Traders work on the floor of the New York Stock...

Traders work on the floor of the New York Stock Exchange this month. The Standard & Poor's 500 index needs to gain just 33 points, or 2.8 percent, to get above 1,257, where it started the year. (Oct. 4, 2011) Credit: AP

The year was shaping up to be a washout for the stock market just two weeks ago. Now, it's within shouting distance of its biggest comeback in nearly three decades.

The Standard & Poor's 500 index has jumped 11.4 percent since hitting its lowest level of the year on Oct. 3, largely because investors have become more confident that Europe will shelter its banks from huge losses on Greek bonds should that country's government stop making payments on its debt. For much of the summer, investors feared that a Greek default could lead to a freeze in lending between European banks and cascade into a credit crisis similar to the one in 2008.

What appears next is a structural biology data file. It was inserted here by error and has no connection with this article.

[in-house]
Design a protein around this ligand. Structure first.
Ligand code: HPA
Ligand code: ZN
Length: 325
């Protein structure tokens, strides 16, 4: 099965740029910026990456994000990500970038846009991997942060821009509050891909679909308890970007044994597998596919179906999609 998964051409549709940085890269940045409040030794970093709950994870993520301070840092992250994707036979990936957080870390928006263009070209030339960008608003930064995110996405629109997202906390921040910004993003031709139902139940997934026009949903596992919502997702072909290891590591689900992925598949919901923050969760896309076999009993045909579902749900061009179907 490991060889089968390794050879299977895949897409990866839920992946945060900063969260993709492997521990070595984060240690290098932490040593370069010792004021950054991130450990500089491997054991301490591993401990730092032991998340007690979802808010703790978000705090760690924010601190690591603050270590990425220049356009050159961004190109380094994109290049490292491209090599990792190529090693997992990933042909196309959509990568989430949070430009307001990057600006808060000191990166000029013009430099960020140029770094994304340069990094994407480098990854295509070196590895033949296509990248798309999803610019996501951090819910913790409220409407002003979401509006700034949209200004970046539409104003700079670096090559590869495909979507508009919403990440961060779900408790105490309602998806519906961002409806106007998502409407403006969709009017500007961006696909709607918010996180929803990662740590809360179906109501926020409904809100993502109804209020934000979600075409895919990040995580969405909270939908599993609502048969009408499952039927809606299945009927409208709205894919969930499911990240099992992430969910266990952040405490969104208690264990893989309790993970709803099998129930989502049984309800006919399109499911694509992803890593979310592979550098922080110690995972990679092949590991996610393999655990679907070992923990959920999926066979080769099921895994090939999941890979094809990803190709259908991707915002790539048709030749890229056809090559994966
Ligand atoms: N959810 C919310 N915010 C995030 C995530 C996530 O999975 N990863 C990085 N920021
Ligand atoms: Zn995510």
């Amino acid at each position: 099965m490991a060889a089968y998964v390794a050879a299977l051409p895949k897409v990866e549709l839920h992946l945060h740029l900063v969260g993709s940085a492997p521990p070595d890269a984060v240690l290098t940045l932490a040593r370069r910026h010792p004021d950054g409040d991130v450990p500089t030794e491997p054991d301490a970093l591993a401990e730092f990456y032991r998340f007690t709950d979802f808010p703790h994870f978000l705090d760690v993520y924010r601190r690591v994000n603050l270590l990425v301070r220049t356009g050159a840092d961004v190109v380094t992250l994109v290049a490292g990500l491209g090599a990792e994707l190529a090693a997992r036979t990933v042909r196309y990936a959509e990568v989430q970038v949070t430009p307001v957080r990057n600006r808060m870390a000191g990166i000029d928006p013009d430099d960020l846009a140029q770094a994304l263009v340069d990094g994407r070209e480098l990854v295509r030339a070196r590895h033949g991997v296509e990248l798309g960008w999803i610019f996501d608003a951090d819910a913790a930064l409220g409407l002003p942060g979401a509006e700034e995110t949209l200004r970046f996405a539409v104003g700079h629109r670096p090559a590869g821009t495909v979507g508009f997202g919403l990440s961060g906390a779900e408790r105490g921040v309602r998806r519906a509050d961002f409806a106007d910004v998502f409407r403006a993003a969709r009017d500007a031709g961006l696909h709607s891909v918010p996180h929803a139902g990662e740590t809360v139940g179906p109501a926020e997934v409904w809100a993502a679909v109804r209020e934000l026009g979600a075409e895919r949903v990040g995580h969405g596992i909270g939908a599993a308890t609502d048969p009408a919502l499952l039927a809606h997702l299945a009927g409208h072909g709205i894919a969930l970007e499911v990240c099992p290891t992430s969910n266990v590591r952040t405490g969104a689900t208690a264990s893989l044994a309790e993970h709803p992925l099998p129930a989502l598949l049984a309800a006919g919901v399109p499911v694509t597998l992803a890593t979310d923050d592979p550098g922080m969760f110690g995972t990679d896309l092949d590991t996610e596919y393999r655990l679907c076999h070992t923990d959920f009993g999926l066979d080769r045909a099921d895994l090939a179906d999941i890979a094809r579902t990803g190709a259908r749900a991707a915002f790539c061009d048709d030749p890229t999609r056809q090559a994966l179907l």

The S&P 500 was down 12.6 percent for the year as of Oct. 3, when it closed at 1,099. As of Friday, it had trimmed the loss to 2.6 percent. It needs to gain just 33 points, or 2.8 percent, to get above 1,257, where it started the year.

If the S&P 500 finishes the year with a gain, it will be the biggest turnaround since 1984. It was also the last time that the S&P 500 fell more than 10 percent during a calendar year and finished the year in the black. The index finished that year up 1.4 percent.

Eking out another gain of that size in 2011 wouldn't make anyone rich.

But consider the hand that investors were dealt this year: A tsunami and nuclear disaster in Japan plunged the world's third-largest economy into a recession and created a worldwide parts shortage. Uprisings throughout the Arab world sent the price of gas skyrocketing to an average of $3.98 a gallon in May. The United States lost its top-notch credit ranking for the first time. And Europe has teetered on the edge of a financial crisis.

Latest Videos

SUBSCRIBE

Unlimited Digital AccessOnly 25¢for 5 months

ACT NOWSALE ENDS SOON | CANCEL ANYTIME